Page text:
What is the difference between pasture-raised hens (and therefore eggs), cage-free, or free-run? I want eggs only from the happiest of hens.
Oh, my hen-loving friend … your innocent question has opened up a can of mealworms that has, no yolk, seriously ruffled my feathers. It would seem that the $6.1 billion U.S. egg industry has more than its share of rotten ova. Egg producers have taken carton blanche to mislead us with labels, and making sense of the various egg classifications is enough to scramble our brains. But let’s crack this open. I hope my response meets your eggs-pectations.
Both cage-free and free-range are USDA-certified terms that may conjure up images of chickens strutting blissfully around a farmyard but that, under closer scrutiny, are actually fairly meaningless. While cage-free is what it says — uncaged chickens — there’s a pecking order among poultry that means less aggressive birds are often cowed by the bullies, and denied access to move about. Free-range means only that there’s a door to the outside, and a farmer may or may not open it at some point.
Which isn’t to say that some cage-free and/or free-range-designated birds aren’t strutting about like feathered royalty. It’s just that, without more information, you can’t be sure.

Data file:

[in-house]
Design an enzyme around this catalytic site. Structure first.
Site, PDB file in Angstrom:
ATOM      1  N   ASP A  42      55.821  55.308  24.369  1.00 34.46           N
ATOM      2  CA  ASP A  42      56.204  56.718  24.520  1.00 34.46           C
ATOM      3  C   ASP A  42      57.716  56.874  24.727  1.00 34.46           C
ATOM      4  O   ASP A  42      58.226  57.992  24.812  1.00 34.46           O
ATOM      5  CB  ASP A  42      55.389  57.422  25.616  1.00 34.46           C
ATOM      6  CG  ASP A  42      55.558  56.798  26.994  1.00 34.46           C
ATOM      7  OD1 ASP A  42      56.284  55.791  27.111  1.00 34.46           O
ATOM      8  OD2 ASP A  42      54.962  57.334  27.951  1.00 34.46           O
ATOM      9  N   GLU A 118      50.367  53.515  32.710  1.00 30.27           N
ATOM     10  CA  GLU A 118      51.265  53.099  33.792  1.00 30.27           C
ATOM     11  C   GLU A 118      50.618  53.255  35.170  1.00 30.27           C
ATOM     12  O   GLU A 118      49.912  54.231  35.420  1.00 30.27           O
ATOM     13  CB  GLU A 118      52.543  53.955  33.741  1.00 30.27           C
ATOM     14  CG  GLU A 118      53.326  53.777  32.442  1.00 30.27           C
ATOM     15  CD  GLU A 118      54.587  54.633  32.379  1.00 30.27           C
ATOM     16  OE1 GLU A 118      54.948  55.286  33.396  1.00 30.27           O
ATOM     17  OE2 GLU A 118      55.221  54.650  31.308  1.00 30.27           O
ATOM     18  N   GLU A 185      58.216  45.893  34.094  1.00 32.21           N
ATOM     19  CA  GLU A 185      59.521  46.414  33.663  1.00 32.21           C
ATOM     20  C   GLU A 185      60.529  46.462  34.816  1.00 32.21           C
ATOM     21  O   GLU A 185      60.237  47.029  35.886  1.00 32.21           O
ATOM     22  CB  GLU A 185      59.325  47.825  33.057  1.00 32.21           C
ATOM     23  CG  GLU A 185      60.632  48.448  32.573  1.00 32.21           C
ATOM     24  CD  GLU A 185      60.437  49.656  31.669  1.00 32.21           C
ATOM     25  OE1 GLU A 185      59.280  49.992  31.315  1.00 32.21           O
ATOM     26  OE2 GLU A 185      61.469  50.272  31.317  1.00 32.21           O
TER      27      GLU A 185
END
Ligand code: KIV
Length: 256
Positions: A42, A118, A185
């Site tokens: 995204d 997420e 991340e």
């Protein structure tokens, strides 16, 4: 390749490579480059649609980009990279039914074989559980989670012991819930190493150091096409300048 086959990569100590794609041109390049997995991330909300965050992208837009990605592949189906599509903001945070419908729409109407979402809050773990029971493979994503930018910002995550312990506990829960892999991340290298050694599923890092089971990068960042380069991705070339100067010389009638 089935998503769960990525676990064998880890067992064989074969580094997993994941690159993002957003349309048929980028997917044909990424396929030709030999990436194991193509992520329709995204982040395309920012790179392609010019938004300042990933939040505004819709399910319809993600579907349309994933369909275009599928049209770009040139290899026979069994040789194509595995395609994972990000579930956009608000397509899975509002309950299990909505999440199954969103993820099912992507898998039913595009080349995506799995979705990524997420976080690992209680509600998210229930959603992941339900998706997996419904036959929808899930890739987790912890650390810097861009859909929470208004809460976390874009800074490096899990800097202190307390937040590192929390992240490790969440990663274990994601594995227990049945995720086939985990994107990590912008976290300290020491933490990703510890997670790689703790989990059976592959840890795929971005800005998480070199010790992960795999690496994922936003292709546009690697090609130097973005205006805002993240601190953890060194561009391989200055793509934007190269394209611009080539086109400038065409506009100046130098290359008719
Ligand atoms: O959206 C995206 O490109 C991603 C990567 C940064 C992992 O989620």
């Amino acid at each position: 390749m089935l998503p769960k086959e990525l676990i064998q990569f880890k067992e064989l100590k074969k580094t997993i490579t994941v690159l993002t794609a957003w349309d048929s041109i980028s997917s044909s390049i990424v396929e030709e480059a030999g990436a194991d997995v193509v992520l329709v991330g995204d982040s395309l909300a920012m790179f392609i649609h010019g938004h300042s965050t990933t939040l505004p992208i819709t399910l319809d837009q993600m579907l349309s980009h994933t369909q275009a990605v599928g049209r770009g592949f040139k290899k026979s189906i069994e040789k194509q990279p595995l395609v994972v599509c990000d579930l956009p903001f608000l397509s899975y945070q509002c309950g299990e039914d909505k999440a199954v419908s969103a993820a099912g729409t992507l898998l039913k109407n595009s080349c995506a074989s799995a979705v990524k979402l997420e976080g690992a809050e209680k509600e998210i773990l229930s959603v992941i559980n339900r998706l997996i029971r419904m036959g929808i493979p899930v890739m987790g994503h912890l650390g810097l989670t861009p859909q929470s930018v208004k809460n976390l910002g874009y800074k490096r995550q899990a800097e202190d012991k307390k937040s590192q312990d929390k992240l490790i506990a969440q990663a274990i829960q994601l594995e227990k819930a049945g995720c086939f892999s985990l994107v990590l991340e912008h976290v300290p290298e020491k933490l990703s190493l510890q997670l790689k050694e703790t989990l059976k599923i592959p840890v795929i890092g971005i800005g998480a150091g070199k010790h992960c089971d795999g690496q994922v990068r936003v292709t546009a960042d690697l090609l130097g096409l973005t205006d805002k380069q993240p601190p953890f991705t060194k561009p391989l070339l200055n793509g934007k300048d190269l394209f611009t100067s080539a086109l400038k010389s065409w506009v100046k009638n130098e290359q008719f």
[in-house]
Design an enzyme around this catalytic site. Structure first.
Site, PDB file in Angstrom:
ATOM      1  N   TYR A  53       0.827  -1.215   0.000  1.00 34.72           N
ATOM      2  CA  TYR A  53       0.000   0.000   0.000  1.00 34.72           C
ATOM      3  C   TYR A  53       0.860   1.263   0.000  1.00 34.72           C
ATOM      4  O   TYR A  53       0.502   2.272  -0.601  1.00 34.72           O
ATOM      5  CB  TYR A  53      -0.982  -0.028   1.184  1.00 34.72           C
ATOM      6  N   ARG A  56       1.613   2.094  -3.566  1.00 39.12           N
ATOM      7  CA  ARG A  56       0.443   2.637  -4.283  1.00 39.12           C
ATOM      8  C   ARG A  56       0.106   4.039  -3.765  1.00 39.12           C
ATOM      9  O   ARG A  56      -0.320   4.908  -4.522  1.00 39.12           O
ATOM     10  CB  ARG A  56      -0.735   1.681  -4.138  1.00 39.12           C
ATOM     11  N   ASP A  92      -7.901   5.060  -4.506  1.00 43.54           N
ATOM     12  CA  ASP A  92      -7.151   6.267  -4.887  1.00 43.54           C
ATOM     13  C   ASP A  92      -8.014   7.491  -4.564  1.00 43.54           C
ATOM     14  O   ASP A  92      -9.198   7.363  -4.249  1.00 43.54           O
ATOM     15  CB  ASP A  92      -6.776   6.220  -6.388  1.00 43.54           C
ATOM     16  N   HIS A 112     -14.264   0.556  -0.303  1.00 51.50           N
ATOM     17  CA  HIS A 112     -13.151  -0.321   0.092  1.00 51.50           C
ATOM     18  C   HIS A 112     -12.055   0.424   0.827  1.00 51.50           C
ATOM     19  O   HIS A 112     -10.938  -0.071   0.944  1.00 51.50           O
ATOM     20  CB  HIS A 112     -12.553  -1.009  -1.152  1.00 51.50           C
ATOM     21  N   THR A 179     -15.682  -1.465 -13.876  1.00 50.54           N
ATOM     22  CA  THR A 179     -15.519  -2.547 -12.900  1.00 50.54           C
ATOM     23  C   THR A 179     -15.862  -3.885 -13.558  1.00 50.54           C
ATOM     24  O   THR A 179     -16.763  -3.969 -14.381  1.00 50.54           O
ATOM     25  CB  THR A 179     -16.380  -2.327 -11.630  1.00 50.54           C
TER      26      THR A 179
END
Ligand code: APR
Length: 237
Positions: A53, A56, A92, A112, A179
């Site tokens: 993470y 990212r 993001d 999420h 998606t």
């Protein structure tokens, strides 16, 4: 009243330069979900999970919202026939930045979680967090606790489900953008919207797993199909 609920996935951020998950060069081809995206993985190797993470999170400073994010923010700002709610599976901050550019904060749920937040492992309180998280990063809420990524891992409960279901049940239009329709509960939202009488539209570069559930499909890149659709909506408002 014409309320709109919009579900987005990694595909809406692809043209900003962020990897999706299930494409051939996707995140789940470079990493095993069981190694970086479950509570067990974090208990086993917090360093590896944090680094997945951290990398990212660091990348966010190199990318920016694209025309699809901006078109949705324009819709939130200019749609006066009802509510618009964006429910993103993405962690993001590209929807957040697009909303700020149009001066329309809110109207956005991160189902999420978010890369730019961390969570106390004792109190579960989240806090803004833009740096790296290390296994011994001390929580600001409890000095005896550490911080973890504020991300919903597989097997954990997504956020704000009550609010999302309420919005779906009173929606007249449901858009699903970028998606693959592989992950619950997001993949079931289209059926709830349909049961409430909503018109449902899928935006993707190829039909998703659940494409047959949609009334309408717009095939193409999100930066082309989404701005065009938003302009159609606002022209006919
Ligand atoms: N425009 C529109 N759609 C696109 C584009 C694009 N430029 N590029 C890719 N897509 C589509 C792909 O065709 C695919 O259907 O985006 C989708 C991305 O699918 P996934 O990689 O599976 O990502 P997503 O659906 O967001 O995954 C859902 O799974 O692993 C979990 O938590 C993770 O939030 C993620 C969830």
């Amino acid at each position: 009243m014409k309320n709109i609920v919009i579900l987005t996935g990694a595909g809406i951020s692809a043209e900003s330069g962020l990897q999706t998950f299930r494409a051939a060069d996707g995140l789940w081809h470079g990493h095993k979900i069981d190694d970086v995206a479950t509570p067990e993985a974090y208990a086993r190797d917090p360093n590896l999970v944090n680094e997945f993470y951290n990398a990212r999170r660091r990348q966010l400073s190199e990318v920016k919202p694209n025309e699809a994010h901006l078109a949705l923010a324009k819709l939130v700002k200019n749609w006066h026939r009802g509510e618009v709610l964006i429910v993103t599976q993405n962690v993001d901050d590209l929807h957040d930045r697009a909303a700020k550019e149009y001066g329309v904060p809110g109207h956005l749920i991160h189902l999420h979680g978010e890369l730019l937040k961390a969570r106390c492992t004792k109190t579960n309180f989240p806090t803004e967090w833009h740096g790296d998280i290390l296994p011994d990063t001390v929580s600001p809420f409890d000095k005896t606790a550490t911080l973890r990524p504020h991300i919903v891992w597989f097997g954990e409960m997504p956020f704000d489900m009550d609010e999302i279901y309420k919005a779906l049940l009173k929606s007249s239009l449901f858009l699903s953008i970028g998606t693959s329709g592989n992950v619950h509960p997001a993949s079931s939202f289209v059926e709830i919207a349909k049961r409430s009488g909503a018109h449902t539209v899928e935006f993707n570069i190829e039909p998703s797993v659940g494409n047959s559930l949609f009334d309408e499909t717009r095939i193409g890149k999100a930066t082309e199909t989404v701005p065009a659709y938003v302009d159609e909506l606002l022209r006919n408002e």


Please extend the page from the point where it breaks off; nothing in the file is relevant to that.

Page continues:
Pasture-raised is a step up in poultry parlance, because, as cookbook author and Edible Vineyard editor Tina Miller says, “chickens are insectivores, so being outside eating grass and bugs is what you want.” If you want happy hens, she says, look no further than Grey Barn.
Indeed, Grey Barn’s site tells us that all 500 of their laying hens have access to the farm’s organic pastures and woodlands every day of the year. They earn their freedom by acting as pest control — devouring ticks, flies, and insects. During the summer, they are rotated after the cows through pastures so their tiny little chicken feet can better work the cow’s manure into the soil (see “What’s So Bad About … Carbon?” on page 23 to learn more about just how valuable this, ahem, step is in regenerative farming).
Julie Scott, executive director and farm manager for Slough Farm on Edgartown’s Great Pond, has long been exasperated by marketing claims by egg manufacturers. It’s not enough to take the claims at face value, she says. Instead, go to companies’ actual websites (like I did with Grey Barn). Or, better still, find local honest farmers staking their reputations on their claims.